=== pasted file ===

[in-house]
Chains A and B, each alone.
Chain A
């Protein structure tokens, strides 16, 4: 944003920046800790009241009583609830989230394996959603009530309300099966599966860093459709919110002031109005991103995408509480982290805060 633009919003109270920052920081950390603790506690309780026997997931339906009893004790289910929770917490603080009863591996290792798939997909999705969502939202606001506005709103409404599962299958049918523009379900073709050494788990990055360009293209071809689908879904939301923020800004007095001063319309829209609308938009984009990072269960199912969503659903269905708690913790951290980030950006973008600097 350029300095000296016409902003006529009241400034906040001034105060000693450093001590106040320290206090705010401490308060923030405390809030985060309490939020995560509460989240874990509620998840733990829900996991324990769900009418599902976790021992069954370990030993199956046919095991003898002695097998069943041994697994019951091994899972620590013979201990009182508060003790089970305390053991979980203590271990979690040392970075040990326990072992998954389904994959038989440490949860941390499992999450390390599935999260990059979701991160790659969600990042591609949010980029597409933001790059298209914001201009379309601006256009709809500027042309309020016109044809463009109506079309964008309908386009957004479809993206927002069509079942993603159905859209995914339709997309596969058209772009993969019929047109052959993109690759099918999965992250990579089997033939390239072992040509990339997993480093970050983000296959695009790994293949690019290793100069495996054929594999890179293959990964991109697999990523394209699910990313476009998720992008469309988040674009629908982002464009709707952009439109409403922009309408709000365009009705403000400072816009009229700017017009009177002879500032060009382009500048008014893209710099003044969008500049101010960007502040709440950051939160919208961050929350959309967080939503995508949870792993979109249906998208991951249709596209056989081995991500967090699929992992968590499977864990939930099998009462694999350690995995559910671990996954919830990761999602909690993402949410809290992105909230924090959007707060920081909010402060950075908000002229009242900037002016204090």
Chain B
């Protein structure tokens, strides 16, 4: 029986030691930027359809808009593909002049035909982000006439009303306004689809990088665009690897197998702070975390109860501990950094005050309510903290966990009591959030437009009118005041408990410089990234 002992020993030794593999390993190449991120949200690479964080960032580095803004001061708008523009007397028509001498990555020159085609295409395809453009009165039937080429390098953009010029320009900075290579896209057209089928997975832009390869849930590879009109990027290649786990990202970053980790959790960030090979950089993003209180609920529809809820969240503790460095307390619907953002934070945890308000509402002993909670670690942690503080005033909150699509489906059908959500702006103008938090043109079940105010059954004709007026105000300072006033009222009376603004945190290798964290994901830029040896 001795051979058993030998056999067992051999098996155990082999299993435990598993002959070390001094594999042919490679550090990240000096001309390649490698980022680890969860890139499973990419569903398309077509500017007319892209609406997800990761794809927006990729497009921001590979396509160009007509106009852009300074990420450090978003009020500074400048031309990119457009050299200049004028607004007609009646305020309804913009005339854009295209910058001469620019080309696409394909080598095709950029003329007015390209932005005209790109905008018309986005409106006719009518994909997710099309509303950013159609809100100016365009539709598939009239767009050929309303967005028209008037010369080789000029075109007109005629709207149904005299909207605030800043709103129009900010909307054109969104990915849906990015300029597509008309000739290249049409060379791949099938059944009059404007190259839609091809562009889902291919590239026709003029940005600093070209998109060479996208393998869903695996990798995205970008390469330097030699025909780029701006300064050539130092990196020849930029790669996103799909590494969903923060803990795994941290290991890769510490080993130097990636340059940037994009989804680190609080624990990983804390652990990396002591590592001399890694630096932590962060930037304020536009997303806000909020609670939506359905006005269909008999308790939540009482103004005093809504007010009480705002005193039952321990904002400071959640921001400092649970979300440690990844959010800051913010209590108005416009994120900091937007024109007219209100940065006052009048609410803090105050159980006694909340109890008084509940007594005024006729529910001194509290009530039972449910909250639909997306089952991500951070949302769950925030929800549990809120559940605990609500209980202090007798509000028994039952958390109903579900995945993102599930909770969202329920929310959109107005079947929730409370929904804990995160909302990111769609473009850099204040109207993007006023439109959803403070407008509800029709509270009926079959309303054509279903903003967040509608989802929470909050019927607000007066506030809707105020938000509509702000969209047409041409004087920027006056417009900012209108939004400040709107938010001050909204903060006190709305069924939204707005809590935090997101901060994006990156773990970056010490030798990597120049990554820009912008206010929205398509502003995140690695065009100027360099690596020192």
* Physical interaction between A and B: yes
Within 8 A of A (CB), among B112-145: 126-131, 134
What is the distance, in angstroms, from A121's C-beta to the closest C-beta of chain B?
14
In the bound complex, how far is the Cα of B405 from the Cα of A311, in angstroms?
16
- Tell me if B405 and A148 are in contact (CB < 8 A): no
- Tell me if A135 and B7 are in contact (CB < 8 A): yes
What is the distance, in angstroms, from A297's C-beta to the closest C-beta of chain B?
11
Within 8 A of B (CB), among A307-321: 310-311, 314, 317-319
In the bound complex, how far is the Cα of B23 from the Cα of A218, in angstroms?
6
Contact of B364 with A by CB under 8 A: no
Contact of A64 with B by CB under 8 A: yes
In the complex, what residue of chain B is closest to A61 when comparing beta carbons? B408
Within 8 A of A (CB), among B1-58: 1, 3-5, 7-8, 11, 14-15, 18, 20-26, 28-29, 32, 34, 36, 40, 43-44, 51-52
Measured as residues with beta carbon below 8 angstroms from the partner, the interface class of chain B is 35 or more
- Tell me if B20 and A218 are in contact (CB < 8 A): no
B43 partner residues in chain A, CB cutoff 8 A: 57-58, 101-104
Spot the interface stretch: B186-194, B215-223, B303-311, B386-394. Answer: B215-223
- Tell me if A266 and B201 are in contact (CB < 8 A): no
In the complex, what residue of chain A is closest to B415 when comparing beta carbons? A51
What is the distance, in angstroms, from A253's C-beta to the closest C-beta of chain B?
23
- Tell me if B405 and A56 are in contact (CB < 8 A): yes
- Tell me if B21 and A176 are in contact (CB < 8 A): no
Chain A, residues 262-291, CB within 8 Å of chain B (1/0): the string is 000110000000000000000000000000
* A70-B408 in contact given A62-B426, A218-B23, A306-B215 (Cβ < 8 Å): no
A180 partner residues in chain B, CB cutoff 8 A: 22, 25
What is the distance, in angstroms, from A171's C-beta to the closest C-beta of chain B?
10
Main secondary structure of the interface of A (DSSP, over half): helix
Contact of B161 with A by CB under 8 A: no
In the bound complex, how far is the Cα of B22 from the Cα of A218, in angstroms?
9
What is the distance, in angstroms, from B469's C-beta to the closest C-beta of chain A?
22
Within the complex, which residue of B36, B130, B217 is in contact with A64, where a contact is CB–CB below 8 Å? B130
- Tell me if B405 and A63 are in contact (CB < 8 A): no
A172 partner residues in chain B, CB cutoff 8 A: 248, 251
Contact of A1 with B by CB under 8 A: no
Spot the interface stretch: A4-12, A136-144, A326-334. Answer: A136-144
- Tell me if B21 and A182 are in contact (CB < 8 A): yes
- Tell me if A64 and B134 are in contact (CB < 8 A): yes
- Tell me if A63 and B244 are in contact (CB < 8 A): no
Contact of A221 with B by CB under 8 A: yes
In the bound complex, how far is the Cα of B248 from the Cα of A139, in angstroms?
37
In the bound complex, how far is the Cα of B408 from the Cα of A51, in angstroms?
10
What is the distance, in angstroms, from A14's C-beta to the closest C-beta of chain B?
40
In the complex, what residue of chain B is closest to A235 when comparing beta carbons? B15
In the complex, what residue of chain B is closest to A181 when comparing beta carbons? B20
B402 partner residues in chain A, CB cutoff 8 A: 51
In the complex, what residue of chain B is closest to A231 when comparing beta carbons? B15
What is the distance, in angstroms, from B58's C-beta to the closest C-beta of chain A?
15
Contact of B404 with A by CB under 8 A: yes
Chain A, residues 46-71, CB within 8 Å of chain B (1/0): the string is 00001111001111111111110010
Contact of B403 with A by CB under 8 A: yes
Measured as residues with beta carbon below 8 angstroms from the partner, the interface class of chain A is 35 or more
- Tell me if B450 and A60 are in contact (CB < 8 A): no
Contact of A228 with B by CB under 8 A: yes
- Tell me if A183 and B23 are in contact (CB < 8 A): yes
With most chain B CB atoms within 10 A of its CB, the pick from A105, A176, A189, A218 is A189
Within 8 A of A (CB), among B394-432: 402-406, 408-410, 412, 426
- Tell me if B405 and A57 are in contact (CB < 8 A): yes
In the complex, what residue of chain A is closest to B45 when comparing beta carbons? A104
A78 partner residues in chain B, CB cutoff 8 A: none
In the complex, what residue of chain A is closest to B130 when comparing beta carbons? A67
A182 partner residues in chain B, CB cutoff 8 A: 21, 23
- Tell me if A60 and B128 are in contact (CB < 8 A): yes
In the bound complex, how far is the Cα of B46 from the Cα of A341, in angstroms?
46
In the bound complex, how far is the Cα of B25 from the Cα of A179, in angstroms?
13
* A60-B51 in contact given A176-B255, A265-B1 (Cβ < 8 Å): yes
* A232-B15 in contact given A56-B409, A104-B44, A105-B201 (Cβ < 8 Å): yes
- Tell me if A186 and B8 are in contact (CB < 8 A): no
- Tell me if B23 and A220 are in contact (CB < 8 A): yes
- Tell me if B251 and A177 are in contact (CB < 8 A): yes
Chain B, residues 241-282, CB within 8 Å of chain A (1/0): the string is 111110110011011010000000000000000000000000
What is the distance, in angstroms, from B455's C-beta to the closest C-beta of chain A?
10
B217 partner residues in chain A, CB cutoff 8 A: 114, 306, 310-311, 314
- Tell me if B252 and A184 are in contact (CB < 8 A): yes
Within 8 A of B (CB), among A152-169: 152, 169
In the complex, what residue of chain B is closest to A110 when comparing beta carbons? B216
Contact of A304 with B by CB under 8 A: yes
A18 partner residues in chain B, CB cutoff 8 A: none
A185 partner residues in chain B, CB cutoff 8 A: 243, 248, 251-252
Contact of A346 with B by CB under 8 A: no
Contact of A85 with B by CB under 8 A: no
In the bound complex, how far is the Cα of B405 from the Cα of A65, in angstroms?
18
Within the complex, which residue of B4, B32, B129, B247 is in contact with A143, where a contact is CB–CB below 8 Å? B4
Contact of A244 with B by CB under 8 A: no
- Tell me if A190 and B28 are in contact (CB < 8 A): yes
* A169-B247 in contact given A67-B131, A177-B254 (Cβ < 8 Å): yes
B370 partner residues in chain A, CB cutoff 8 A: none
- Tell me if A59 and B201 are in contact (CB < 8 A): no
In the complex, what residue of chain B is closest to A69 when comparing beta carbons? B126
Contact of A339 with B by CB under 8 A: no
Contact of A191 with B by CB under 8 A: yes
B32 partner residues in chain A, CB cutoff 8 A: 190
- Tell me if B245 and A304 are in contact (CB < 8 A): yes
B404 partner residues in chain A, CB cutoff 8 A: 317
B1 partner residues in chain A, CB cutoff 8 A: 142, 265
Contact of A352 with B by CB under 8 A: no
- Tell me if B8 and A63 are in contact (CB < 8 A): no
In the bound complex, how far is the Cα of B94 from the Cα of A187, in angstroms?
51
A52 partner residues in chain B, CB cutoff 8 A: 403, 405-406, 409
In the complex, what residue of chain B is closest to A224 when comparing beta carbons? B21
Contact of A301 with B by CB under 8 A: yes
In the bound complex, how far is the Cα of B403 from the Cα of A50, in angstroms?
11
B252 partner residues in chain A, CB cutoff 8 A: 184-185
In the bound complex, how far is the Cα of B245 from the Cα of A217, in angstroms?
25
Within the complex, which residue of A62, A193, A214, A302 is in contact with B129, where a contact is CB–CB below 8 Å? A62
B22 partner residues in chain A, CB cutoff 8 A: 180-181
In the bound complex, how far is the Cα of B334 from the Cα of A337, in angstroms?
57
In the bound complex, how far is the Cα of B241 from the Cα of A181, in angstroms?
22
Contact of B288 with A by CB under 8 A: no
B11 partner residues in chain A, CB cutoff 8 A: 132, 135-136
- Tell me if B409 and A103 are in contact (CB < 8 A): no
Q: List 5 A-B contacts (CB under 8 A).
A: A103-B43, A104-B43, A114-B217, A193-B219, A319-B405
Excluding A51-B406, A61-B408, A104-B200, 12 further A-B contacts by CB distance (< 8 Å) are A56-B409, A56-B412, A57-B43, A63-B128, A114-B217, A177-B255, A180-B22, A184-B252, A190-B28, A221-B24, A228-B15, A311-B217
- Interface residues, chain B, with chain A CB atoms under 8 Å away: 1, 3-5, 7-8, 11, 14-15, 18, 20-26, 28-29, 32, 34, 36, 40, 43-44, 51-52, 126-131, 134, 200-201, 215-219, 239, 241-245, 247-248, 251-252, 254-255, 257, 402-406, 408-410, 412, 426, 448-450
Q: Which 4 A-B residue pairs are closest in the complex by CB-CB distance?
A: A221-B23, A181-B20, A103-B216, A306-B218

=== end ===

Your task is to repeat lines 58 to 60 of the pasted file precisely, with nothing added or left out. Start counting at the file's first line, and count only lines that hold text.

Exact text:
What is the distance, in angstroms, from A14's C-beta to the closest C-beta of chain B?
40
In the complex, what residue of chain B is closest to A235 when comparing beta carbons? B15